Don’t Ignore What an Embryo Is

April 13, 2010 • Posted in Stem Cell Research

Originally published by The Tennessean, Invited Opinion, 12/31/2008 (used by permission)

Change is today’s political buzzword.  President-elect Obama has promised lots of change.  One change anticipated is an executive order authorizing funding for embryonic stem cell research (ESCR).  Why? Private, state, and limited federal monies are already being used.  Since the hoped-for cures have not materialized, more is demanded: more money and more embryos.  Looking to the deep pockets of the NIH for a decade, embryonic stem cell researchers, joined by various celebrities, continue to extend their hands for additional tax-dollars

Embryonic stem cell research has been going on for a long time.  I attended a “25 Years of Stem Cells” conference at Cambridge in 2006.  At that meeting, Bob Edwards (of Steptoe-Edwards, first test-tube-baby fame) said, “We can’t be frightened of going to human embryos.”  He, like others pushing ESCR, wants to be able to dissect the human embryo with impunity.  Since that conference, induced pluripotent cells (iPS)—embryonic-like stem cells formed without destroying embryos—have been produced.  James Thomson, who originally reported human ESC culture in 1998, sees iPS as the future. (  Likewise, Ian Wilmut, famous for cloning “Dolly”, has endorsed iPS over cloning as the way forward. (  Still the clamor for federal funds and human embryos continues.

What happens when we show that we are not afraid of the embryo?  Britain serves as a model trajectory in this case; we don’t have to invent one.  After Louise Joy Brown, the first test-tube baby, was born, Parliament appointed a committee to advise them regarding such affairs.  The Warnock Committee, named for its head, Mary Warnock, refused to acknowledge what the embryo is, but nevertheless advised Parliament to permit research on the embryo, up to 14 days post fertilization, but not to allow cloning.  Change 1:  cloning is now allowed.  Previously, women could not be paid for eggs donated for science. Change 2:  now they can receive deeply discounted infertility services.  Preimplantation genetic testing (to avoid having a child with a disorder) was initially only allowed for fatal disorders.  Change 3:  PGD is now permitted for disorders that might show up in the 3rd-7th decades of life.  Another change is in the offing: PGD for autism. (  Human-animal hybrids were not allowed.  Change 4: human-cow and human-rabbit embryos are now permitted.  Recently, Baroness Warnock proposed that the elderly infirm or demented should be helped out of their families’ misery, as they have “a duty to die.” (  Disrespect for life shown at one point becomes disrespect at every point.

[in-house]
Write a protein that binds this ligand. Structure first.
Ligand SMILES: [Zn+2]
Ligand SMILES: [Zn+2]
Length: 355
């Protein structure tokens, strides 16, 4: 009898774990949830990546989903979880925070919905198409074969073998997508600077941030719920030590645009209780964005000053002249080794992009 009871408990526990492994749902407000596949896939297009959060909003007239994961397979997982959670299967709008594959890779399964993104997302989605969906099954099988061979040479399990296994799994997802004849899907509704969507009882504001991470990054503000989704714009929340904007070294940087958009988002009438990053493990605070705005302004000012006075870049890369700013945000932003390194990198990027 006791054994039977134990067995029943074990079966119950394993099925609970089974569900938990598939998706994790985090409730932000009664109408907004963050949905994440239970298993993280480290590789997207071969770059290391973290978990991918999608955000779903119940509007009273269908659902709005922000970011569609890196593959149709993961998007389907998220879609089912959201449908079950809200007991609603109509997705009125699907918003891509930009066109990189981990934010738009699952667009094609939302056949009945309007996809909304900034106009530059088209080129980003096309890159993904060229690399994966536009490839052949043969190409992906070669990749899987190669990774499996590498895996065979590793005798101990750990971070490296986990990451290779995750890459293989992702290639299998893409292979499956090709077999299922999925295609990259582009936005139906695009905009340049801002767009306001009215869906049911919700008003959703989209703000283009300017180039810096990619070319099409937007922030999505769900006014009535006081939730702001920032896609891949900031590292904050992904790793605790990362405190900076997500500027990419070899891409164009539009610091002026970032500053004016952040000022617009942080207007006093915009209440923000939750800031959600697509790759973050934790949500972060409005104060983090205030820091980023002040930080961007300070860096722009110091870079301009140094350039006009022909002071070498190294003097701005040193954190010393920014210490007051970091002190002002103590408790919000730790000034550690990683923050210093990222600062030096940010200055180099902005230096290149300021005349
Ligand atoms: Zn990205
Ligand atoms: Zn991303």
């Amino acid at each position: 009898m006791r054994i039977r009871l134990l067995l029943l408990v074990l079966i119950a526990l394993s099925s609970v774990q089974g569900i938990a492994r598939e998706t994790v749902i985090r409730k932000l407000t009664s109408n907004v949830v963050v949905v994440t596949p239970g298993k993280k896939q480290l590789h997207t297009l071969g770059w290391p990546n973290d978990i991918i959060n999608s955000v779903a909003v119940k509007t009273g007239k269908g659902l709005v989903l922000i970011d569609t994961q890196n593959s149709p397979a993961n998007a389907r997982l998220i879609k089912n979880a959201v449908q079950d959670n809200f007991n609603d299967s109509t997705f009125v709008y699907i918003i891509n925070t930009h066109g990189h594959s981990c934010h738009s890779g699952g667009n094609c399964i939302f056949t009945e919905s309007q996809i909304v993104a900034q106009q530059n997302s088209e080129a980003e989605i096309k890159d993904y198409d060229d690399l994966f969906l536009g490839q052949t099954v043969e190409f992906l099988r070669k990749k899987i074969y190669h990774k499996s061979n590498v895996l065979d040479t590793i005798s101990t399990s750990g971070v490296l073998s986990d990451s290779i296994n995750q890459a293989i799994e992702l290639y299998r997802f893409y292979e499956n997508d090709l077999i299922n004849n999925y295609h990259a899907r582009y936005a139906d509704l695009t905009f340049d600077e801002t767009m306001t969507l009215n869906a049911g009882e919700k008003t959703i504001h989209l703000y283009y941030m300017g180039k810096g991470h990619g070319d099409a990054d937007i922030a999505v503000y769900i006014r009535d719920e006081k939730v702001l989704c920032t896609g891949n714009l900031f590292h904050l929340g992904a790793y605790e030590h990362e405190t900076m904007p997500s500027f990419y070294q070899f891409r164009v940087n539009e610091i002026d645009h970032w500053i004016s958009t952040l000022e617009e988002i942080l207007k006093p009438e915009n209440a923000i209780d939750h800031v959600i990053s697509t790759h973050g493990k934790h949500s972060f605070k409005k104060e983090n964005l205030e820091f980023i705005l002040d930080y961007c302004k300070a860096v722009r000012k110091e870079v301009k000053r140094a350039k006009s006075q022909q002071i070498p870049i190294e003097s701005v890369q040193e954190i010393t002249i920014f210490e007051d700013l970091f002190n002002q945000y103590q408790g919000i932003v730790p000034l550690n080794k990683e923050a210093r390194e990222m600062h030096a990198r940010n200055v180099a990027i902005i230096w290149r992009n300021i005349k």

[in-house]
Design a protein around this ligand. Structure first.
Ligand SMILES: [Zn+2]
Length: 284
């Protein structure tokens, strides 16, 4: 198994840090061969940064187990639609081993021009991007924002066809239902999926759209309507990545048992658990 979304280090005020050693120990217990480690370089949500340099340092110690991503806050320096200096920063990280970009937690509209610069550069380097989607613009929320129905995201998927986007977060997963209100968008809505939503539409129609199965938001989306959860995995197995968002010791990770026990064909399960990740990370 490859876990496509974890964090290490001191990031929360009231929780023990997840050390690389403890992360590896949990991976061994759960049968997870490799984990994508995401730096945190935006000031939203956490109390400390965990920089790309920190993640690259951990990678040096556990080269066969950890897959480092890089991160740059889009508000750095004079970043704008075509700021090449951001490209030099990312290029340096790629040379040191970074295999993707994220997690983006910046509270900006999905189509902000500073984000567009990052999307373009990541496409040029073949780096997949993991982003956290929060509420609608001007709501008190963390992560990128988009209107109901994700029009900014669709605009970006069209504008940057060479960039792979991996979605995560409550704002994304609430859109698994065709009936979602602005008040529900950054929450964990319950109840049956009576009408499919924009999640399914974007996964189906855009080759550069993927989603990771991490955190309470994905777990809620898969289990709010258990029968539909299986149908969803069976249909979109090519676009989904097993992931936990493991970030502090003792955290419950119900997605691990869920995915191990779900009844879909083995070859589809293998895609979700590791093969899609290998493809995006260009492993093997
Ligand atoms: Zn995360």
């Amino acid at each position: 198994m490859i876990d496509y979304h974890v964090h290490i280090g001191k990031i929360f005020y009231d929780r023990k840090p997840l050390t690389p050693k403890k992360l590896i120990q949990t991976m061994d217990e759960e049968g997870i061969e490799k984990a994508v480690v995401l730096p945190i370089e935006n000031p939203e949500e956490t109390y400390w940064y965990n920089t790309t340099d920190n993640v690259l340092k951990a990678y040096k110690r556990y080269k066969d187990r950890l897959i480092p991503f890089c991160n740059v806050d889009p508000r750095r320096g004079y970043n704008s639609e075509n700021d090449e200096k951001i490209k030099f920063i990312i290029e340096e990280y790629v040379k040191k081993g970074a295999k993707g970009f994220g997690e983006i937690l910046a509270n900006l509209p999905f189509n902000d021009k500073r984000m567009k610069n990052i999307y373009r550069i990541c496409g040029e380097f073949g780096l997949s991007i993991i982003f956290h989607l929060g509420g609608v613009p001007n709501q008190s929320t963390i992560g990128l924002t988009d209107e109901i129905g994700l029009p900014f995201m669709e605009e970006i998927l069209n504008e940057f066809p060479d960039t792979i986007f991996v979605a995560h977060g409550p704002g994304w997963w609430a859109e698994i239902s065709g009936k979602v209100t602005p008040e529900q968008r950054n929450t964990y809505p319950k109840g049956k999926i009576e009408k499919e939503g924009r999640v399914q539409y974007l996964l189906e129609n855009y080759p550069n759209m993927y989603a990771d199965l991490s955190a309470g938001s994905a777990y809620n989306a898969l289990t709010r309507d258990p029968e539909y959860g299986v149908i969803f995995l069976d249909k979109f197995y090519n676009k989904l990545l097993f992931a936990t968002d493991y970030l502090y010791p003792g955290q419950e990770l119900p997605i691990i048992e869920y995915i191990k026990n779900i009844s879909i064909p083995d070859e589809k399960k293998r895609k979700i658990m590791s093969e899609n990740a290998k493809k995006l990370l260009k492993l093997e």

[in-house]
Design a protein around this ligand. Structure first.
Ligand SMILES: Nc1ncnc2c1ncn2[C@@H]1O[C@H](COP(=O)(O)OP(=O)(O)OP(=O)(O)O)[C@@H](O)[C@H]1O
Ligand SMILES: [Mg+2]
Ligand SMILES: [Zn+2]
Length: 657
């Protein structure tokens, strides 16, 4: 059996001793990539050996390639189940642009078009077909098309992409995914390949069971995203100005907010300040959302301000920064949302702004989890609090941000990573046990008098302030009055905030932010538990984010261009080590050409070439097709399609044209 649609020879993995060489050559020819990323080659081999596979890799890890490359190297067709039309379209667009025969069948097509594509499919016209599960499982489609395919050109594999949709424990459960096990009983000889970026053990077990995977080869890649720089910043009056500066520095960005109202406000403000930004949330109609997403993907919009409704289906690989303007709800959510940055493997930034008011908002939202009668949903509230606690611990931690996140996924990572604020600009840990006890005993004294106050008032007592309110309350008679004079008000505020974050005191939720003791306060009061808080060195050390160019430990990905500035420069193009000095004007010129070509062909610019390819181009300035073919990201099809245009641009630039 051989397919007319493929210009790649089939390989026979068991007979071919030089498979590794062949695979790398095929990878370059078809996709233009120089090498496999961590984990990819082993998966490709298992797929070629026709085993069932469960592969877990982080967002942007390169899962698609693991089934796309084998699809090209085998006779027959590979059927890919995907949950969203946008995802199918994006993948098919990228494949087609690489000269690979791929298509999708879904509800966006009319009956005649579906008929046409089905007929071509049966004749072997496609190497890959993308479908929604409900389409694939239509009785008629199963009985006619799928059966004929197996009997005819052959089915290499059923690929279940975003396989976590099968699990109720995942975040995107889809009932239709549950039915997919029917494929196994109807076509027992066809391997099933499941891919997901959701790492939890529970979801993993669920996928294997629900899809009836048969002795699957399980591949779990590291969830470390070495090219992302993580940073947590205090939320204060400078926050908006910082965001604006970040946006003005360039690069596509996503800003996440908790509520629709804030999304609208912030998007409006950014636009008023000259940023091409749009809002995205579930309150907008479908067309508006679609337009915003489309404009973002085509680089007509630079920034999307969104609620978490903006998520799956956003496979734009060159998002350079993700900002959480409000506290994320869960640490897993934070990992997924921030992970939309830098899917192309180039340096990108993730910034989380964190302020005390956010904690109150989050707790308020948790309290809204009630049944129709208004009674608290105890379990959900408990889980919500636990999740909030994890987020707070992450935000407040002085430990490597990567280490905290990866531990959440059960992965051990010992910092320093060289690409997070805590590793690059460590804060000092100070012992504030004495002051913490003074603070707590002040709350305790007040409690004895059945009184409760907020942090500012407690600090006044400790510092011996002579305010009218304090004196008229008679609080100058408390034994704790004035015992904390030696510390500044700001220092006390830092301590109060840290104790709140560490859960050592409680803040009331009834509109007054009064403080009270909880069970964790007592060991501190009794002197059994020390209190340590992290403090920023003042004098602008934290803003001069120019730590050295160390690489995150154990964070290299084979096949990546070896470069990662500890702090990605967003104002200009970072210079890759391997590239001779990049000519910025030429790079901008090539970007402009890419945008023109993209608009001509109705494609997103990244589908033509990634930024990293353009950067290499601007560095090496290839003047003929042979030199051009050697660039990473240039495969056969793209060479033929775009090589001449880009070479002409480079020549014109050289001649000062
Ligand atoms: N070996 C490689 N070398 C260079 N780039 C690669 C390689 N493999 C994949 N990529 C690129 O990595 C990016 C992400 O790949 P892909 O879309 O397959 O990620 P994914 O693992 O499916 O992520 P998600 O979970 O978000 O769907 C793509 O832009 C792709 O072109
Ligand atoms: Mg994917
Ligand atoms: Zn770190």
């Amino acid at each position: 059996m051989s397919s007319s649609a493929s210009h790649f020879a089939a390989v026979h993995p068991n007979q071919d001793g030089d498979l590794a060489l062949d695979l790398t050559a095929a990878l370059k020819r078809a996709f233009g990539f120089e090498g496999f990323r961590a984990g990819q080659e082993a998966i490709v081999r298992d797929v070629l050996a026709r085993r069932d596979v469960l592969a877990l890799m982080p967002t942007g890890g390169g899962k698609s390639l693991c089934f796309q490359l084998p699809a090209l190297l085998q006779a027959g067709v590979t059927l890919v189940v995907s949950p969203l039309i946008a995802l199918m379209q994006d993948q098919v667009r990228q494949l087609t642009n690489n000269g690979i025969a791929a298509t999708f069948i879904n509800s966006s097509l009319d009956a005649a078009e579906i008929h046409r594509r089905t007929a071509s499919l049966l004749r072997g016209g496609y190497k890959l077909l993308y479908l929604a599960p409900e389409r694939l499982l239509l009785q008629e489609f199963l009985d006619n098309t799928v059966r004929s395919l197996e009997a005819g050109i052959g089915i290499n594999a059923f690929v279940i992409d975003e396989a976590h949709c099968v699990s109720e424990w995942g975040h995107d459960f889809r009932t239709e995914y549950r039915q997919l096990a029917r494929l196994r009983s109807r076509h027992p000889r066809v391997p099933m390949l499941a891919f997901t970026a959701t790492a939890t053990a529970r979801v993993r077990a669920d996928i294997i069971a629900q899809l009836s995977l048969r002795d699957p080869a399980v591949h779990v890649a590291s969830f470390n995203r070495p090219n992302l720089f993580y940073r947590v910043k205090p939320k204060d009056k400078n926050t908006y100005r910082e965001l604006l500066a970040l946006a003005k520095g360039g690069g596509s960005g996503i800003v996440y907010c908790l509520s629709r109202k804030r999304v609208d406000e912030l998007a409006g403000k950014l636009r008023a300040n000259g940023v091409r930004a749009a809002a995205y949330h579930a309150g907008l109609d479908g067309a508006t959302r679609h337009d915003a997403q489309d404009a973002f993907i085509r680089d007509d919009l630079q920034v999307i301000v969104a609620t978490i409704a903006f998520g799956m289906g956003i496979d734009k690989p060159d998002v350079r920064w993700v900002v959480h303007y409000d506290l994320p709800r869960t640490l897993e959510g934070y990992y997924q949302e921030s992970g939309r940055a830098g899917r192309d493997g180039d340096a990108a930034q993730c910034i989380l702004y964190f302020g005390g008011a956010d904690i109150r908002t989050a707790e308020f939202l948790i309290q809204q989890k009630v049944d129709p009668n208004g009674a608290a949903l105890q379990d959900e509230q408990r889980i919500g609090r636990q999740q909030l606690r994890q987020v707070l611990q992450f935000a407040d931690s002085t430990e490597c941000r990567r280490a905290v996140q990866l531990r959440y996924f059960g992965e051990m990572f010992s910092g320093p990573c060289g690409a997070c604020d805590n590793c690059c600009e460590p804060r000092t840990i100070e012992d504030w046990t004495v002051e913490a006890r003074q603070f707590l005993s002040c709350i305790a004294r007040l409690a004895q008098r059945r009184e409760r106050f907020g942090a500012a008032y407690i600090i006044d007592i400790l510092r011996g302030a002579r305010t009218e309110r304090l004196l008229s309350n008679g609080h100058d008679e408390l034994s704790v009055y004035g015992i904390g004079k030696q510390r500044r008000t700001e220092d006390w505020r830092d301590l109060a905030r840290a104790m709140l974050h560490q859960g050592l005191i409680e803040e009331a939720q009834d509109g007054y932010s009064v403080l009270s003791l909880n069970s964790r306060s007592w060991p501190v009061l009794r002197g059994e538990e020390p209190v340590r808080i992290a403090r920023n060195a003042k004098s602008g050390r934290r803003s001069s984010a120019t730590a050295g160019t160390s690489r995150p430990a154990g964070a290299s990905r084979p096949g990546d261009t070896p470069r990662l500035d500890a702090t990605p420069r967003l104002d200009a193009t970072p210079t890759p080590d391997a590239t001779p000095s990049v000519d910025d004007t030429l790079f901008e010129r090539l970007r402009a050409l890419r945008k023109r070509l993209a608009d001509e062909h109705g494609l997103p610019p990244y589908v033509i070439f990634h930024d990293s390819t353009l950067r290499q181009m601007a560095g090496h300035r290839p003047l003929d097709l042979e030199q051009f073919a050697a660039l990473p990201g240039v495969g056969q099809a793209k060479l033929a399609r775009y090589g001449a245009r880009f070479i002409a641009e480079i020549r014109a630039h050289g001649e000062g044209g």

We emulate Britain’s changes at our peril. It is not only the embryos in the lab who will be destroyed.  In using the vulnerable to save those of us not confined to Petri dishes, we are sacrificing more than microscopic cell clumps.  When we use some of us to save the rest of us, we fulfill C.S. Lewis’ description in “The Abolition of Man”:  we are not only the general in the triumphal car, but also the prisoner in chains following behind.   This barbaric change is not one we need.